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Published 26 March 2013 12:18, Updated 15 April 2013 11:24
The Myers-Briggs pyschometric test is regarded as having little more scientific validity than astrological signs, yet it remains wildly popular among employers.
Imagine being turned down for a role because your star sign did not qualify you for the job. Leos are fine, but Capricorns should look somewhere else.
It would be silly, right? Yet millions of people around the world have been analysed and sorted by a 20-minute test that has questionable scientific validity and is generally ignored by psychologists.
The Myers-Briggs Type Indicator (MBTI) has become wildly popular in business settings since being developed 60 years ago by two fans (untrained in science or psychology, but often derisively described as housewives) of the theories of psychologist Carl Jung.
It is now one of the most popular tools used by business and, as an industry, is said to be worth $US20 million a year. It is used to help employees develop some self-knowledge, to help managers know how to deal with the preferences of their staff and to assess people’s suitability to join teams or perform roles.
However, psychologists are concerned that a test, that some describe as “pop psychology”, is being used to make serious decisions about people’s potential.
Doctor of neuroscience Dean Burnett recently wrote of his concerns about the test in an article in The Guardian : “... the more you look into the specifics of the MBTI, the more questionable the way its widespread use appears to be”.
The test sorts people into four types: Extraversion-Introversion, Sensing-Intuition, Thinking-Feeling and Judging-Perceiving.
Burnett says the test relies on people to make binary (either/or) choices about their personalities, despite the fact that this does not relate to the way people actually are.
“For example, in the category of extrovert v introvert, you’re either one or the other; there is no middle ground. People don’t work this way, no normal person is either 100 per cent extrovert or 100 per cent introvert, just as people’s political views aren’t purely ‘communist’ or ‘fascist’,” writes Burnett, who lectures at Cardiff University in the UK.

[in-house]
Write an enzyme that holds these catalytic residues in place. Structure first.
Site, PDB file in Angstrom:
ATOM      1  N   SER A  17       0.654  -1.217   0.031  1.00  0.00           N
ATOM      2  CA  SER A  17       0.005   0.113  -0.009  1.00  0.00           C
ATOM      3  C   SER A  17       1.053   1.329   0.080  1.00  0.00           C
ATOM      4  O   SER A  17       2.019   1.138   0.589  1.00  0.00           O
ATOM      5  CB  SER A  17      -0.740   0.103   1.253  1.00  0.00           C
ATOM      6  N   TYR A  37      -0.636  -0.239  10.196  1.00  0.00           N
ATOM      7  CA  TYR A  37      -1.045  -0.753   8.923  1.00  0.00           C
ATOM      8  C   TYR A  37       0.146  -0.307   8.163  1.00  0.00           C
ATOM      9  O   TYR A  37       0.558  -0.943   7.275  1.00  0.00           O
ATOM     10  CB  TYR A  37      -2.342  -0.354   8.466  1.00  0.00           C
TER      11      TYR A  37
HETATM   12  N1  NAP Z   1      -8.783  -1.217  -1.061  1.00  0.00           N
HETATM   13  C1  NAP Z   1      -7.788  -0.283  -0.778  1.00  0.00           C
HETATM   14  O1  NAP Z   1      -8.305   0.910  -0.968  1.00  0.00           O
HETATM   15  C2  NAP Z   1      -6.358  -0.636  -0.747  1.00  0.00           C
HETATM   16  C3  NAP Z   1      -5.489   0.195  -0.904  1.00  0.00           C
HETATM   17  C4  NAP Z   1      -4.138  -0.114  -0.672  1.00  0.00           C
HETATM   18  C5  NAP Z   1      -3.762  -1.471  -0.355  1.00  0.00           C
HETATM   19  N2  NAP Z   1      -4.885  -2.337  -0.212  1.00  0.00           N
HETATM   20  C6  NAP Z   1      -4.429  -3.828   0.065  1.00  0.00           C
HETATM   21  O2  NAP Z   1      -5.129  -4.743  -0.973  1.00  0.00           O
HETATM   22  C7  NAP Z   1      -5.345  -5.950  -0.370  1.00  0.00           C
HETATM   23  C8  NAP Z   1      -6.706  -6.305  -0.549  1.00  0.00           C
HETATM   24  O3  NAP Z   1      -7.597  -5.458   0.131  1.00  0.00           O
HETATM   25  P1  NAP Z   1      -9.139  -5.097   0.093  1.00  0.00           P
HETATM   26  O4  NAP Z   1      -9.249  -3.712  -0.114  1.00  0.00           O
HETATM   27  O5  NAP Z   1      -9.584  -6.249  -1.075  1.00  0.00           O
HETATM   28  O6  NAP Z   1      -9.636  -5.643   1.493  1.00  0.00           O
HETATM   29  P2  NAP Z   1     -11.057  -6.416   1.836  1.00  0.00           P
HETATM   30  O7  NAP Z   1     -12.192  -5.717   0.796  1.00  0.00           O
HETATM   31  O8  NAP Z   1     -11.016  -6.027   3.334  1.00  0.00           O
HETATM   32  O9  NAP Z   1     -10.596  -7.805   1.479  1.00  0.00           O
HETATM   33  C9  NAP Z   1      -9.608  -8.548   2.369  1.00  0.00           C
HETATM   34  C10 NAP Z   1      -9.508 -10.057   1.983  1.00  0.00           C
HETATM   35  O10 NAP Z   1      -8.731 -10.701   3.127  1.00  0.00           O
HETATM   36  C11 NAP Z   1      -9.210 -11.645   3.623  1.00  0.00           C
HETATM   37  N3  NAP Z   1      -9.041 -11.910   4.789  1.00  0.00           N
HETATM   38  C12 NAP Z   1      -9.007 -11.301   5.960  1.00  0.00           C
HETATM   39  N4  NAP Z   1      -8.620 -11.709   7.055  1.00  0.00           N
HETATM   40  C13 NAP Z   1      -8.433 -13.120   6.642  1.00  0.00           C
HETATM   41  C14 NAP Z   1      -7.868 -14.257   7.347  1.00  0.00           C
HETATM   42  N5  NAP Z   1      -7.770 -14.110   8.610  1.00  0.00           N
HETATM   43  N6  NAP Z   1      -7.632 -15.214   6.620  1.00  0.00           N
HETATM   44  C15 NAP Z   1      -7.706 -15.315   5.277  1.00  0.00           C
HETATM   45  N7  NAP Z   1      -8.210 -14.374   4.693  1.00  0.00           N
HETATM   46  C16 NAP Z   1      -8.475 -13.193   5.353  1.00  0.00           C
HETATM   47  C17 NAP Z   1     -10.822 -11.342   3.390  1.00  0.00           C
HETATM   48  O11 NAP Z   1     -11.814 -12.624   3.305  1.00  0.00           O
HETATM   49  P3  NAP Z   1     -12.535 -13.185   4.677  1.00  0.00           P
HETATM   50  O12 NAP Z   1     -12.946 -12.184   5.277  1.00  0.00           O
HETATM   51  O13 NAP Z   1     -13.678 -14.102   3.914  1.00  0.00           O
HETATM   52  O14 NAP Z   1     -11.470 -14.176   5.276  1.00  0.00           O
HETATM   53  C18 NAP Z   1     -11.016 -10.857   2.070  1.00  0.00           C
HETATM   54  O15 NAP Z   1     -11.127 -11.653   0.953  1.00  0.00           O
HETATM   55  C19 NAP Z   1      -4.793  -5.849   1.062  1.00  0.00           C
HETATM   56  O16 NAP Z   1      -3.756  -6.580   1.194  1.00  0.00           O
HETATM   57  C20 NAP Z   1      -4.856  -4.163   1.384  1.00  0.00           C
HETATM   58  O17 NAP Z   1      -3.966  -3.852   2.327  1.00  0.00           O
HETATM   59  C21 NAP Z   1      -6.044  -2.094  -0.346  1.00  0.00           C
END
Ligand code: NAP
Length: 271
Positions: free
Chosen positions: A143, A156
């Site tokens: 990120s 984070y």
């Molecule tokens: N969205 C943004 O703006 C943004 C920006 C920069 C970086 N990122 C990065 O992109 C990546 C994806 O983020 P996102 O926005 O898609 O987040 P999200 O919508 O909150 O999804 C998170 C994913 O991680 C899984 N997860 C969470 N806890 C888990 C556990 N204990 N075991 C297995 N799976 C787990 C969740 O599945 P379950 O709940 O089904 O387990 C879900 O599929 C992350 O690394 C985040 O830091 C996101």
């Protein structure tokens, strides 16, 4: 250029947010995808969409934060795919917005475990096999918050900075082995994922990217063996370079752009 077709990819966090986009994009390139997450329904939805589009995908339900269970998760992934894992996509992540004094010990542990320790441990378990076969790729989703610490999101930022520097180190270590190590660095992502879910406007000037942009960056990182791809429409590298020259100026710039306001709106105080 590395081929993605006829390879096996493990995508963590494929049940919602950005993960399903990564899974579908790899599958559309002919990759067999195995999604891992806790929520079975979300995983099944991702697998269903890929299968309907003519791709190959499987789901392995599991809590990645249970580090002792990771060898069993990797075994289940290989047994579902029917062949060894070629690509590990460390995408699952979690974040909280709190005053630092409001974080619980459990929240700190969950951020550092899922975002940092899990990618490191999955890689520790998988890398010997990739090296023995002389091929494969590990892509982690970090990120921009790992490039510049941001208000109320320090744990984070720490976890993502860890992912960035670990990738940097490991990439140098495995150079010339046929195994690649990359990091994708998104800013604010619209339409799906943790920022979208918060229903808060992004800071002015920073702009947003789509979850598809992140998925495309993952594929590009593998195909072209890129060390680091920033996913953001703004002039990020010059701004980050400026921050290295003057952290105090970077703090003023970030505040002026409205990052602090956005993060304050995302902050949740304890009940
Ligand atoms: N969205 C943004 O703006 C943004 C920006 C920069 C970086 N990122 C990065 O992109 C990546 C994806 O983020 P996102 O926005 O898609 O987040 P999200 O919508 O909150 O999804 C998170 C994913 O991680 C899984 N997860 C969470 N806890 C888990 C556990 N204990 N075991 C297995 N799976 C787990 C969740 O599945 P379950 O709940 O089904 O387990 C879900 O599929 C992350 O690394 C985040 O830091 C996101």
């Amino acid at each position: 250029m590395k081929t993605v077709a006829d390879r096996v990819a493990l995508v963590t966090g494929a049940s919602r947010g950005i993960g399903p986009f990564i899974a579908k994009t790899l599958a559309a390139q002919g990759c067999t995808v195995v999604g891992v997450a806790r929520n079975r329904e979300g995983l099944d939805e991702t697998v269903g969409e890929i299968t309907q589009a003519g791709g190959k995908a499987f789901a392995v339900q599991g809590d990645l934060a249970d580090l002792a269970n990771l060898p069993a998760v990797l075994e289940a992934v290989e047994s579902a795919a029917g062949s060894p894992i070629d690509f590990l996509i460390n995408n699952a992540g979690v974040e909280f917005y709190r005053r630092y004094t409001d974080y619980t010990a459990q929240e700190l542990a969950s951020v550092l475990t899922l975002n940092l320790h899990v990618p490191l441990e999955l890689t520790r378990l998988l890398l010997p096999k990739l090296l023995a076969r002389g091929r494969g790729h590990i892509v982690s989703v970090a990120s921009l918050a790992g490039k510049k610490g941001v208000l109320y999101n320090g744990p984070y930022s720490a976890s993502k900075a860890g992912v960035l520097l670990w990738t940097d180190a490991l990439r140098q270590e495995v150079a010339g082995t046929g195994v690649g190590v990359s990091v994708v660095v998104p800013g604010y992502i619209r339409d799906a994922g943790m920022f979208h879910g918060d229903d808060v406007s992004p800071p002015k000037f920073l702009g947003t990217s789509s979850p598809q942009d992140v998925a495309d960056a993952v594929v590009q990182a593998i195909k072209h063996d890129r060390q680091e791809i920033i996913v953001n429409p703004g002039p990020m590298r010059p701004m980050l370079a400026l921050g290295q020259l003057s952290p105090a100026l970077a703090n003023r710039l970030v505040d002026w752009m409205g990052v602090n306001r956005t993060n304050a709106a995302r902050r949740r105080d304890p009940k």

“Generally, although not completely unscientific, the MBTI gives a ridiculously limited and simplified view of human personality, which is a very complex and tricky concept to pin down and study. The scientific study of personality is indeed a valid discipline and there are many personality tests that seemingly hold up to scientific scrutiny (thus far). It just appears that MBTI isn’t one of them.”
Burnett says the MBTI is “harmless and potentially useful” if you are aware of its limitations.
Senior lecturer in psychology at Melbourne-based Monash University, Dr Simon Moss, says the MBTI persists because people like simple answers.
“I would argue that [its popularity] isn’t going to diminish for a while because, in the work environment, people are seeking simple – and even simplistic – solutions,” he says.
“In some ways, it is not so much a problem with the tool – it is a problem with consulting. Consultancy is looking for simplistic solutions, it is not comfortable with complexity and ambiguity and it is using tools that are inappropriate and obsolete. It would be better if we didn’t use tools like that.”
Moss says the test does have more validity than star signs, because astrology sorts people by the accident of their birth date whereas in the MBTI people are providing information about themselves, which can give a degree of understanding.
“I would argue that it is marginally more valid,” he says.
And people like the test because they are providing information about how they see themselves, and it would be hard for them to argue with the findings.
“But it is how it is used that is the issue,” Moss warns.
The danger of the MBTI is that it does not acknowledge that people change. Indeed, several studies of the test show that five weeks after they are tested with the MBTI, 50 per cent of re-tested people are classified into a different type.
Moss says he is concerned that an acceptance of a MBTI classification could lead to people being resistant to change and may also diminish problem-solving and innovation.
“As soon as you give people a series of letters [their classification], they start to think they are fixed [unable to change],” he says.
“As soon as people feel they are fixed, they won’t change fundamentally and are resistant to criticism.”
Instead of receiving uncomfortable feedback as a challenge to grow, they will become defensive and less malleable.
“Basically, it is a self-fulfilling prophesy. People like to feel consistent.”
When it comes to problem-solving and creativity, people perform best when they are acting out of their usual habits because they are not thinking of the obvious solutions, says Moss.
However, a belief in the fixed nature of an MBTI classification will encourage people to only tackle things in a way that aligns with their stated preferences.